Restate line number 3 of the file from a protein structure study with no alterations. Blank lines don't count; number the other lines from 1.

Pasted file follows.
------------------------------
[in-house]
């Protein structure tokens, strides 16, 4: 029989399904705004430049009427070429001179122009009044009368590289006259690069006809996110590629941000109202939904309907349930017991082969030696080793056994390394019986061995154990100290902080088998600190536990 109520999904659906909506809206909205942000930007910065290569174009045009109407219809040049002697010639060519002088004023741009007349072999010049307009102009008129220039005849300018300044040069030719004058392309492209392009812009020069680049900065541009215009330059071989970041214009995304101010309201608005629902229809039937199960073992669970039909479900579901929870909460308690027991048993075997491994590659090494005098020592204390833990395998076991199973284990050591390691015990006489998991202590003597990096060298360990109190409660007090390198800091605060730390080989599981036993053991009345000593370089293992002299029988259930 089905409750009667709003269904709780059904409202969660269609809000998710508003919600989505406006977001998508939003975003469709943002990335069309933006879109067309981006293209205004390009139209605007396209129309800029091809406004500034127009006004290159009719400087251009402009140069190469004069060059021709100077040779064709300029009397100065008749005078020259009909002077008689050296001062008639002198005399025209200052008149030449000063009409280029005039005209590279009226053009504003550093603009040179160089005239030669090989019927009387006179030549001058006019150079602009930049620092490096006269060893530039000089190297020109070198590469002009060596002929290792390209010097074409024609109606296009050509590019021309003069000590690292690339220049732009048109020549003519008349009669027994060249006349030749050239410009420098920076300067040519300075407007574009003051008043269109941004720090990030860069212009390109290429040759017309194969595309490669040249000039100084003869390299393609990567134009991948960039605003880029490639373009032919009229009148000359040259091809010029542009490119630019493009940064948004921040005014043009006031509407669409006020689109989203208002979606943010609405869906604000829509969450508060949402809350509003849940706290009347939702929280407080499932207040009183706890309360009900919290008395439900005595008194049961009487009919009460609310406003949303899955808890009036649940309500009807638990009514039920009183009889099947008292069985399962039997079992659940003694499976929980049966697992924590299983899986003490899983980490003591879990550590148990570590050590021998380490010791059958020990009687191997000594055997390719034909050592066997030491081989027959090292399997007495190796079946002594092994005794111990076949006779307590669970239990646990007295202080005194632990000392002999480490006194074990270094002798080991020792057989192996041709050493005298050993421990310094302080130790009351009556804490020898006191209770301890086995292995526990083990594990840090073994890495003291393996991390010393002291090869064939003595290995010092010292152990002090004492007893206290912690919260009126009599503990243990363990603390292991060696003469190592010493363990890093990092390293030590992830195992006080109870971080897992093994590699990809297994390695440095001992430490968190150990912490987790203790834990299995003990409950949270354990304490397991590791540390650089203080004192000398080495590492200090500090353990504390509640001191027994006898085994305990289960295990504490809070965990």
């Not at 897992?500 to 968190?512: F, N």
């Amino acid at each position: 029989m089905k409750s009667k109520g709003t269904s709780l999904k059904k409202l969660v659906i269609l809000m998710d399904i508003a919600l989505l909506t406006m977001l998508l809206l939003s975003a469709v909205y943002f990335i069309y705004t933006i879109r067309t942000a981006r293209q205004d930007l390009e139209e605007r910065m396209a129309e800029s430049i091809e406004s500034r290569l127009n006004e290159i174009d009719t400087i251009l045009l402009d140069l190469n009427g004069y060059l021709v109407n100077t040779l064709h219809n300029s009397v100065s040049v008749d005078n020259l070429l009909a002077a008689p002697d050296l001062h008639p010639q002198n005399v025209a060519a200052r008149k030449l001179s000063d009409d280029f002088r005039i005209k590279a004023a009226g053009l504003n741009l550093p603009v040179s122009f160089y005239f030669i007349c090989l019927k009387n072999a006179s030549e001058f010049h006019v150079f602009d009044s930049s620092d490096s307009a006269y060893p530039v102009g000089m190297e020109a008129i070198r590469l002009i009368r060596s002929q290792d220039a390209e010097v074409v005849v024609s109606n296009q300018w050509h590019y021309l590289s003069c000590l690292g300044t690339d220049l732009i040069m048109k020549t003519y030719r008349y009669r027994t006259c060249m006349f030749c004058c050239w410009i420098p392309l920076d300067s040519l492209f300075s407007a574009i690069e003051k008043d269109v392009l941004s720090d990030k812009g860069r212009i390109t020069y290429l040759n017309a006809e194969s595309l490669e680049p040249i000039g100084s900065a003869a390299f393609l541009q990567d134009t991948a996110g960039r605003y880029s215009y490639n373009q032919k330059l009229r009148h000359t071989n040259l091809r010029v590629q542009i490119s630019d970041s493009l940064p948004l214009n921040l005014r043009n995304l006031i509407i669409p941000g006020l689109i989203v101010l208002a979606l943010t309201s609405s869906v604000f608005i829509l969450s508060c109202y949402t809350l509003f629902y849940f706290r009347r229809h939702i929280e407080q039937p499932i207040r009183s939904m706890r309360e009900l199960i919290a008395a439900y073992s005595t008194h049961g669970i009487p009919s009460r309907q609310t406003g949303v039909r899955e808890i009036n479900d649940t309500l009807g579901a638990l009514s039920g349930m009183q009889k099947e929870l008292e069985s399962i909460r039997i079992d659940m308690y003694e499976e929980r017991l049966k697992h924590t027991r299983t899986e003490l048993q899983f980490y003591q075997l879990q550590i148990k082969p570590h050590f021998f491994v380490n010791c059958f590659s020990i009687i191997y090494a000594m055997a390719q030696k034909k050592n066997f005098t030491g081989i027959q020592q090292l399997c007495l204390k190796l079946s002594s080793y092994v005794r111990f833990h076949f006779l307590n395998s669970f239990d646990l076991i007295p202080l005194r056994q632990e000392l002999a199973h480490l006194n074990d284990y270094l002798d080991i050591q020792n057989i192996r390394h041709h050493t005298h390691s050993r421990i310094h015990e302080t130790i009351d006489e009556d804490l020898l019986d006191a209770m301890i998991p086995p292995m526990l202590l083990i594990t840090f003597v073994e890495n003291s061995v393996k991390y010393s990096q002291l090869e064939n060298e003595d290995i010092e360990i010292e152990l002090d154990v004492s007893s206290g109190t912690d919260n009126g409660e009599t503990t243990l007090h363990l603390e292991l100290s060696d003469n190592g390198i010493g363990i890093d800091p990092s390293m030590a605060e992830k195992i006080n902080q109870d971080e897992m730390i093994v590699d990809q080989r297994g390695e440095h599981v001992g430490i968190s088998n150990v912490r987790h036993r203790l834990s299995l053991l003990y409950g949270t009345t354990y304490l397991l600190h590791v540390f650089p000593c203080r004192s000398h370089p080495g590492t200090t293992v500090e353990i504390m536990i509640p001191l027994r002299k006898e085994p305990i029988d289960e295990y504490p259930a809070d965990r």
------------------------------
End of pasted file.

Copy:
């Not at 897992?500 to 968190?512: F, N």